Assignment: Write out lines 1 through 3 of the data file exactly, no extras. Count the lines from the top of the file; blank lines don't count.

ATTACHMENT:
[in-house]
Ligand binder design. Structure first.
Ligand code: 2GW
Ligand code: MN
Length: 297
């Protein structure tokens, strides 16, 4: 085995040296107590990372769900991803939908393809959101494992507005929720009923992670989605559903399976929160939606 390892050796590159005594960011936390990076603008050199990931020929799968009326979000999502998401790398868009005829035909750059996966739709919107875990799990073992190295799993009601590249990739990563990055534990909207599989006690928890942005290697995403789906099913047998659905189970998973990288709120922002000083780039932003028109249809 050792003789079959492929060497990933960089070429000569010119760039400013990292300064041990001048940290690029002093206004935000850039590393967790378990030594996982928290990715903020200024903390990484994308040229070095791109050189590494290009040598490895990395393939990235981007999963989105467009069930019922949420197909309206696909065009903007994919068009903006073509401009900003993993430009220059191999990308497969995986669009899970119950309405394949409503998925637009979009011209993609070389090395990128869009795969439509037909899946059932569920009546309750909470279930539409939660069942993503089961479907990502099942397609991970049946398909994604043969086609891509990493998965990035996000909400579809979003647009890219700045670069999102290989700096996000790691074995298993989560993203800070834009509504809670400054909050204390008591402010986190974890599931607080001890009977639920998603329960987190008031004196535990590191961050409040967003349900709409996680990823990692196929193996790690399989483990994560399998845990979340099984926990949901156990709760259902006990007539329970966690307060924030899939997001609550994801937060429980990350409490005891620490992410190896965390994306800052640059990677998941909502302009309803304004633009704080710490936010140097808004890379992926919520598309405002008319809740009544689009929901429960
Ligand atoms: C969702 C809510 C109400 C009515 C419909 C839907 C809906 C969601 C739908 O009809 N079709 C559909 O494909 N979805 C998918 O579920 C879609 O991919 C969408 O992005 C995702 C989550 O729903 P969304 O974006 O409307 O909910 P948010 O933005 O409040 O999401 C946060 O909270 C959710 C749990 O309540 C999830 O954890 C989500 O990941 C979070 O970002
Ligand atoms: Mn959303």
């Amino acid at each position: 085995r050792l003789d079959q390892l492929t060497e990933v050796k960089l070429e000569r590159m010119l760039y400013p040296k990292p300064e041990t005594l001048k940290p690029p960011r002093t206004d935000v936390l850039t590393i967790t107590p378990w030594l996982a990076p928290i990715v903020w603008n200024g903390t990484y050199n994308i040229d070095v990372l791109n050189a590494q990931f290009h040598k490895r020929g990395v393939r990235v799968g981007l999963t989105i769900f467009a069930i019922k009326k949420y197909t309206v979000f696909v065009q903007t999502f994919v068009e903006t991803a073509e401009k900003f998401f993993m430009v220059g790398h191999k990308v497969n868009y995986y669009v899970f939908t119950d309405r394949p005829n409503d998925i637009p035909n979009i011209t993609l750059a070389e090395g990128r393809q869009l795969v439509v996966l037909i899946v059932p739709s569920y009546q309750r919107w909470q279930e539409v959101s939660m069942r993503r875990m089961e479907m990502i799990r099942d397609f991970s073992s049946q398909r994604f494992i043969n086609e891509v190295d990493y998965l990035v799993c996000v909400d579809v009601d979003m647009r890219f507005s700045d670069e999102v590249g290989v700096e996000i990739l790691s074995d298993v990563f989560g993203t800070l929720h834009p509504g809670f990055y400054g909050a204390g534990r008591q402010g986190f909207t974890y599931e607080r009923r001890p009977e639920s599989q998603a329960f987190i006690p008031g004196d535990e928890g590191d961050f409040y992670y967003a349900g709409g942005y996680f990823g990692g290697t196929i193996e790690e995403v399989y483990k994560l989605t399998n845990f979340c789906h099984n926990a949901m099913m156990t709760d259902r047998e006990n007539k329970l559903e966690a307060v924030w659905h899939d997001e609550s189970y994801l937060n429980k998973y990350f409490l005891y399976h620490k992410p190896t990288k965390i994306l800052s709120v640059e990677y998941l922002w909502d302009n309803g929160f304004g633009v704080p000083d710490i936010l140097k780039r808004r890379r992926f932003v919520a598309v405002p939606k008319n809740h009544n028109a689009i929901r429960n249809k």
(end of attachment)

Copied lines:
[in-house]
Ligand binder design. Structure first.
Ligand code: 2GW